News for February 17, 2015

Featured this week:

In state law news:

Featured this week:

Suspicious timing of female captain’s negative review not enough to pass pretext hurdle
Although a female fire department captain engaged in protected activity when she complained about discrimination after a male subordinate successfully arbitrated his union grievance claiming her bias against him (after she reported his immature sexual behavior) affected his promotional opportunity, she was unable to advance her Title VII reprisal claim since she failed to show that her subsequent negative performance review and promotion delay were pretextual. Granting the city’s motion for summary judgment, a federal district court in Nevada noted that although the timing was suspicious, the review was not exclusively negative, she did not deny the conduct to which it referred, and she had received negative feedback in prior reviews (Sievert v City of Sparks, DNev, February 4, 2015, Hicks, L.).

Gender-reassigned employee’s race, sex bias claims proceed in part
An employee, who was born male but had gender reassignment surgery, had standing to assert state law gender and gender identity discrimination claims as a female. She also adequately stated claims for race discrimination, and violations of the Ohio Equal Pay Act, as well as Sec. 1983 claims for violations of her federal equal protection and free speech rights. However, the federal district court in Ohio dismissed her claims of failure to promote in violation of public policy and intentional infliction of emotional distress (Cummings v Greater Cleveland Regional Transit Authority, NDOhio, January 29, 2015, Gwin, J.).

Tenure denied after complaints of racist Facebook posts; Title VII, Sec. 1981 claims advance
Denying a university’s motion for summary judgment on the Title VII race discrimination and retaliation claims of a professor who was denied tenure after complaining about racist Facebook comments made by three other professors, a federal district court in Oklahoma found it significant that two of the professors were allowed to vote on his tenure application. The employee’s Sec. 1981 claims against several individuals also proceeded based on evidence that a clearly established constitutional right was violated. However, his state law claims failed (Hannah v Northeastern State University, EDOkla, February 5, 2015, White, R.).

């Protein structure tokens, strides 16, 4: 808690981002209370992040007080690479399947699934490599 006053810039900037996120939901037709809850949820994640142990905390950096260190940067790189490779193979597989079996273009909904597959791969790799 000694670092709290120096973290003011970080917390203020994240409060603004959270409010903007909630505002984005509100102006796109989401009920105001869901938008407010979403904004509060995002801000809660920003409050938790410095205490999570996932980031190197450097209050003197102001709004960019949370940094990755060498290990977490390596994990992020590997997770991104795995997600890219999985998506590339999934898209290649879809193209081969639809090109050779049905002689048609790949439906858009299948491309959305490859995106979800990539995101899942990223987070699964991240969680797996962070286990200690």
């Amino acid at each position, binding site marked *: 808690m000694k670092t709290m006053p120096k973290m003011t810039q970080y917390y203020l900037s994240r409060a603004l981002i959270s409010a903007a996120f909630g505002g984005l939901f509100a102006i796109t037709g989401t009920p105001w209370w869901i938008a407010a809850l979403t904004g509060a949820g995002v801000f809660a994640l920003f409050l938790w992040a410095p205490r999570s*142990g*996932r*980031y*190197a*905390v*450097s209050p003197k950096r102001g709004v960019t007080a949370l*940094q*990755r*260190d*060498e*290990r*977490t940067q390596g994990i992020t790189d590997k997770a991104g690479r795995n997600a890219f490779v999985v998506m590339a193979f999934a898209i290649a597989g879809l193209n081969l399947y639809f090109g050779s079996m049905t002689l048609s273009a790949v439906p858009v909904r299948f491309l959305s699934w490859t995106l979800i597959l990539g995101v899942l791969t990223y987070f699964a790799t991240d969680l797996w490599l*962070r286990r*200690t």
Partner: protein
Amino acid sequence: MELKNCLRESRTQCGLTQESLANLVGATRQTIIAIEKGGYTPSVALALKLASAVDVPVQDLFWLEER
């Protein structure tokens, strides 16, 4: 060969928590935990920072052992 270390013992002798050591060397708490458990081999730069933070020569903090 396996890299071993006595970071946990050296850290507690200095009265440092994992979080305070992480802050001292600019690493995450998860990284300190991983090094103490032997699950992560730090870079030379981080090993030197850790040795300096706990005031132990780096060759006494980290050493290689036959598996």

EEOC violated Title VII by quoting discrimination charge in public record
Granting an employer’s motion to seal the EEOC’s application to enforce its administrative subpoena, a federal district court in Texas found that the agency violated Title VII by reproducing large parts of an employee’s discrimination charge in the public record. However, the entire application need not be sealed so the agency was ordered to file a redacted version. In addition, the employer’s request for attorneys’ fees was denied because the EEOC did not act in bad faith or for oppressive reasons (EEOC v A’GACI, LLC, WDTex, February 5, 2015, Ezra, D.).

High court recognizes Faragher/Ellerth affirmative defense, rejects narrow Vance definition of supervisor
New Jersey employers facing vicarious liability for a supervisor’s sexual harassment under the New Jersey Law Against Discrimination (LAD) may assert a Faragher/Ellerth affirmative defense, the New Jersey Supreme Court held in a 5-2 opinion, definitively adopting the federal standard set forth by the U.S. Supreme Court and allowing an employer to establish that it had an effective anti-harassment policy in place but that the plaintiff failed to take advantage of it. However, the state high court declined to adopt the narrow definition of “supervisor” set forth by the U.S. Supreme Court in Vance v Ball State University, favoring the EEOC’s broader construction. The high court reversed the appellate court’s affirmance of summary judgment to the employer so that the trial court, on remand, could decide the case in accordance with the standards set forth here (Aguas v State of New Jersey, NJSCt, February 11, 2015, Patterson, A.).